But an uprising on Oct. 10 in Hangkow (Hangzhou) sparked widespread revolutionary unrest, backed by military governors commanding the Army and provincial assembly leaders. The Ching Dynasty collapsed and Sun was inaugurated as president of a new republic on Jan. 1, 1912. Communist-Nationalist split (1927)
Communists and the Kuomintang (Nationalists) joined in 1923 to combat ``imperialism.'' Moscow backed the alliance, viewing it as a way to nurture the Communist Party until it could discard Chiang Kai-shek and the Nationalists.
By April 1927, Chinese antipathy toward foreign aggression peaked. Communist-led labor unions seized Shanghai and, confronted by foreign troops and warships, complied with Moscow's orders and awaited Chiang as an ally.
Chiang, however, attacked the unions, set up his capital in Nanking, and launched a nationwide terror to quash the nascent communist revolution. Long March
The Chinese Communist Party embarked upon a 6,000-mile epic journey in 1934 when the anticommunist campaign of the Kuomintang (Nationalist Party) Army had succeeded in dislodging it from its base in the southern province of Jiangxi.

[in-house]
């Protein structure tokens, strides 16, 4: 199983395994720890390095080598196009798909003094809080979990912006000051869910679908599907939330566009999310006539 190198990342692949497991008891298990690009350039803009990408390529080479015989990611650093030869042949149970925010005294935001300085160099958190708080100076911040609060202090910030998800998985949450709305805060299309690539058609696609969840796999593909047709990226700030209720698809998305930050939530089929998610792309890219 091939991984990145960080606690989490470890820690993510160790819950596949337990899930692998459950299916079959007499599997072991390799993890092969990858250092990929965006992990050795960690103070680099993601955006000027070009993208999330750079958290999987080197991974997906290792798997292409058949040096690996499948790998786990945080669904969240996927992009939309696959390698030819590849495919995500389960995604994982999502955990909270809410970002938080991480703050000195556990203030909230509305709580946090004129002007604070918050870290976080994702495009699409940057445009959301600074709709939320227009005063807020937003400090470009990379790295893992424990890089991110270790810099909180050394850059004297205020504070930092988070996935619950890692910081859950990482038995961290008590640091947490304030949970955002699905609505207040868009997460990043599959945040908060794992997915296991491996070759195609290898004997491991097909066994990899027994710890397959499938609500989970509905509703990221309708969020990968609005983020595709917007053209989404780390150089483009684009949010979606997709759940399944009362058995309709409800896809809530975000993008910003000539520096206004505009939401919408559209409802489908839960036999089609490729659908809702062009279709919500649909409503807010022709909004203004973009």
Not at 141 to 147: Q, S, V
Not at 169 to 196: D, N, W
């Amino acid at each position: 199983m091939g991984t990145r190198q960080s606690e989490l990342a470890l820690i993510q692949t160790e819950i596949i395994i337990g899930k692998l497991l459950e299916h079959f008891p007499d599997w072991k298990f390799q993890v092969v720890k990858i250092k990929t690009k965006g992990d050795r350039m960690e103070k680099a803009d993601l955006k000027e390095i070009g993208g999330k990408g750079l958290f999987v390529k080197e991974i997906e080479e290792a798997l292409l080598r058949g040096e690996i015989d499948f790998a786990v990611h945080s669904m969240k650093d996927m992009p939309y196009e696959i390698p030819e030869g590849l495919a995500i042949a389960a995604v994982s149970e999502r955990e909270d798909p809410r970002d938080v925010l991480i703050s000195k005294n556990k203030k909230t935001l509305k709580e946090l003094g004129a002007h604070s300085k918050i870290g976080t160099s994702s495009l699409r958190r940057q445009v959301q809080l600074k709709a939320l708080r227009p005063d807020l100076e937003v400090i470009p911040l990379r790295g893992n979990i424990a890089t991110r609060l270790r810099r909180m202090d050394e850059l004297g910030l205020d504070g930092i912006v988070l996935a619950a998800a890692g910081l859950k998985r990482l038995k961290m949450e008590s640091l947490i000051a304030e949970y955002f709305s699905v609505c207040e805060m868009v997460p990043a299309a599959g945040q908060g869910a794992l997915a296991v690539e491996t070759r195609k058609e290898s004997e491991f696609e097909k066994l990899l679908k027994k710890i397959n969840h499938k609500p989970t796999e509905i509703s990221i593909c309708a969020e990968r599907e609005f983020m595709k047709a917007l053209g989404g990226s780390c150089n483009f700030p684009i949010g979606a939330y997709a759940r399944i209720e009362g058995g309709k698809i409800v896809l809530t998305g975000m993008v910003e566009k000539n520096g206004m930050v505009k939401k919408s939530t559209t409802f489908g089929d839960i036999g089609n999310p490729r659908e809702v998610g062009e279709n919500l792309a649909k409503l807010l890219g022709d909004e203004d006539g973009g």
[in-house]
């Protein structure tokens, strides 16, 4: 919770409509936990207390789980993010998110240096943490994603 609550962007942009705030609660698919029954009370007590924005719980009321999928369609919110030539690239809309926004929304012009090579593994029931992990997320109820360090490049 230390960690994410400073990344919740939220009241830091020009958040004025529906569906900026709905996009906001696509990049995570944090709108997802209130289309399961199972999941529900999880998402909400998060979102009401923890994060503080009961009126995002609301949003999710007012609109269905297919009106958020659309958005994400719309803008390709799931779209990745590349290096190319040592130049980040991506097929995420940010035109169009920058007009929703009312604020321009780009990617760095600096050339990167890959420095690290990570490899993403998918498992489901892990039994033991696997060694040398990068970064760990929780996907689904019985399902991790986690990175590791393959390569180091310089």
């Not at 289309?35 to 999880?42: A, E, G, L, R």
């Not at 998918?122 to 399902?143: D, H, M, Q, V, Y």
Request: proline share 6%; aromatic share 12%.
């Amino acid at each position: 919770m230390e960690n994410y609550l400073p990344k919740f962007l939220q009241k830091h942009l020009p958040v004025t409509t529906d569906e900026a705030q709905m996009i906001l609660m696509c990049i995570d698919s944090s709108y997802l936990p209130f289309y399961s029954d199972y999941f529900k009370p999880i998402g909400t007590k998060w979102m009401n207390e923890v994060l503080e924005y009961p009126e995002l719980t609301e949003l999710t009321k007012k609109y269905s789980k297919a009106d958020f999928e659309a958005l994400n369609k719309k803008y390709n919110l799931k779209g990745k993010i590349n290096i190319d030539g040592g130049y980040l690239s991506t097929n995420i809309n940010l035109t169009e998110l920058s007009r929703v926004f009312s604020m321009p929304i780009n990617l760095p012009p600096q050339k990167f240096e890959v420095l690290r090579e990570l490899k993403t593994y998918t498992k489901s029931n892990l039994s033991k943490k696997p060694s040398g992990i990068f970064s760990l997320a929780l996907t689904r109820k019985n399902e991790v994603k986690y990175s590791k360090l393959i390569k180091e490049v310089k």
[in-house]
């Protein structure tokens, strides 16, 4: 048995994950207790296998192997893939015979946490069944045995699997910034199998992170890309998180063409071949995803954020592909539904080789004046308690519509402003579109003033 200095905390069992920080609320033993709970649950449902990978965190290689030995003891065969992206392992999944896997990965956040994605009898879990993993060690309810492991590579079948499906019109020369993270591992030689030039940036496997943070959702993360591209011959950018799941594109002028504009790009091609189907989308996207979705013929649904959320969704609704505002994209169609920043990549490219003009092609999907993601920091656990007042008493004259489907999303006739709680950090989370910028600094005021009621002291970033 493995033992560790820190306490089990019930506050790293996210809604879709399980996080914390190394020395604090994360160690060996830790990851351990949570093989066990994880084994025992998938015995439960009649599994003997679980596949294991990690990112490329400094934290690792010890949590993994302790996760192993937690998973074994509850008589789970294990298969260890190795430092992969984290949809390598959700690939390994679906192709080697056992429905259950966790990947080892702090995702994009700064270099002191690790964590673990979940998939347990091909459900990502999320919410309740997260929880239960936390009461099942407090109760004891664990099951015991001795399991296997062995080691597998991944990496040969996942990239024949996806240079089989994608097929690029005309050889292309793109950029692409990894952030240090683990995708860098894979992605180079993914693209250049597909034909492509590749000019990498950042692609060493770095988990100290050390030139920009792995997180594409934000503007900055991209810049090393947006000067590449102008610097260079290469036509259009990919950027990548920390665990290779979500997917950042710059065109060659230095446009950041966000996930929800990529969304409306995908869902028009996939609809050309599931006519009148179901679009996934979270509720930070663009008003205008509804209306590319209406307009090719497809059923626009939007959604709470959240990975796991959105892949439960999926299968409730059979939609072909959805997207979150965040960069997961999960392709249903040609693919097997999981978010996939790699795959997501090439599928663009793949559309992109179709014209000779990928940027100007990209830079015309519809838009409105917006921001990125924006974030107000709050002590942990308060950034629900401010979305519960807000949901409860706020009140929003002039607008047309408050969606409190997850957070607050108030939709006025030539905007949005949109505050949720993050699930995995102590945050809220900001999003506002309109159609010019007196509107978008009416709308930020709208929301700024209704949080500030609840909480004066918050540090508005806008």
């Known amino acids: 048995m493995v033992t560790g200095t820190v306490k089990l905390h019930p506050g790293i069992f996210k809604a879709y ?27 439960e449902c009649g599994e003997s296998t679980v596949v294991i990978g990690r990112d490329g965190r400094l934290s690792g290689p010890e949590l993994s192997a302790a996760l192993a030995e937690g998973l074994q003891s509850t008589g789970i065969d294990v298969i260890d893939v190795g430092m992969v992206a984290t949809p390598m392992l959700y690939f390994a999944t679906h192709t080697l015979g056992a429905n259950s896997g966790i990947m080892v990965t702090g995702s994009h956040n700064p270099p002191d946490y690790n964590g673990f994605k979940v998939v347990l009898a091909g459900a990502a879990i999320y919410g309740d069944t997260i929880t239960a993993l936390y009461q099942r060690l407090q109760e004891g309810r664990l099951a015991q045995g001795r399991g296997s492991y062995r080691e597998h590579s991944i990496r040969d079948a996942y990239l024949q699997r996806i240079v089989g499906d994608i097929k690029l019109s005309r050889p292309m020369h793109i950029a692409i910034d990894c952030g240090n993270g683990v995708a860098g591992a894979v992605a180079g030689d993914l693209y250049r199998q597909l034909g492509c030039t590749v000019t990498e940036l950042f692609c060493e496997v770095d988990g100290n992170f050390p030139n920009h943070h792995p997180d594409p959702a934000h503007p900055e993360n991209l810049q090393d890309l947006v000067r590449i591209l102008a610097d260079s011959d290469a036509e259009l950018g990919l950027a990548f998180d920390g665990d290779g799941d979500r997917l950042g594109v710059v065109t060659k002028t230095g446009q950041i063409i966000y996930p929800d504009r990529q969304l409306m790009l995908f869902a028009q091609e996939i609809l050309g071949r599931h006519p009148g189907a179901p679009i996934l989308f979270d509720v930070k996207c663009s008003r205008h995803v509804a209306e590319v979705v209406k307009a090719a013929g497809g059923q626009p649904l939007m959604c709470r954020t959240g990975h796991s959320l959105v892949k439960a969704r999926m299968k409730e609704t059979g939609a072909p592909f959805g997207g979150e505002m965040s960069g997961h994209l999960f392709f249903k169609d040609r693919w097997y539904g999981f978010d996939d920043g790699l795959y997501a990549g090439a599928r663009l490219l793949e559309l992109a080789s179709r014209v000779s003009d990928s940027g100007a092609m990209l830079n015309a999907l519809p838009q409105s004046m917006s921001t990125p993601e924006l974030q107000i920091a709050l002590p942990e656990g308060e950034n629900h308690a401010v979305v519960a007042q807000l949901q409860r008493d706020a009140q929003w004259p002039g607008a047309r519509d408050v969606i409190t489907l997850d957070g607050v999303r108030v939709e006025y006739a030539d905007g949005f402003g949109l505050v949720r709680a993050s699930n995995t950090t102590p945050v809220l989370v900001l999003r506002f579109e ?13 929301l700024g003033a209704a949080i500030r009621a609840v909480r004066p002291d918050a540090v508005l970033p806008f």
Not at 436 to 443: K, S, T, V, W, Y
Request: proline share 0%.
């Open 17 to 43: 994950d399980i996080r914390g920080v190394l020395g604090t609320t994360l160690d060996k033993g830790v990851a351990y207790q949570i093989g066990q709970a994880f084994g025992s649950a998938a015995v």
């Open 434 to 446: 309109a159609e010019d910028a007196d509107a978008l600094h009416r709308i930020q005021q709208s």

The march officially began Oct. 15, 1934, with some 86,000 men and women and ended a year later when Mao Tse-tung and about 4,000 survivors arrived to establish a new Communist base in Shaanxi Province. Civil War (1945-49)
Renewed, large-scale hostilities between Communist forces and Nationalist troops broke out in 1945 in areas formerly occupied by the Japanese. United States Gen. George Marshall, trying to bring the antagonists together in a coalition government, secured a cease-fire in 1946. But fighting erupted again within months.
The Nationalists, weakened by 10 years of hyperinflation and outclassed in military tactics and propaganda, retreated to Taiwan. Mao Tse-tung declared the People's Republic of China on Oct. 1, 1949. Great Leap Forward (1958)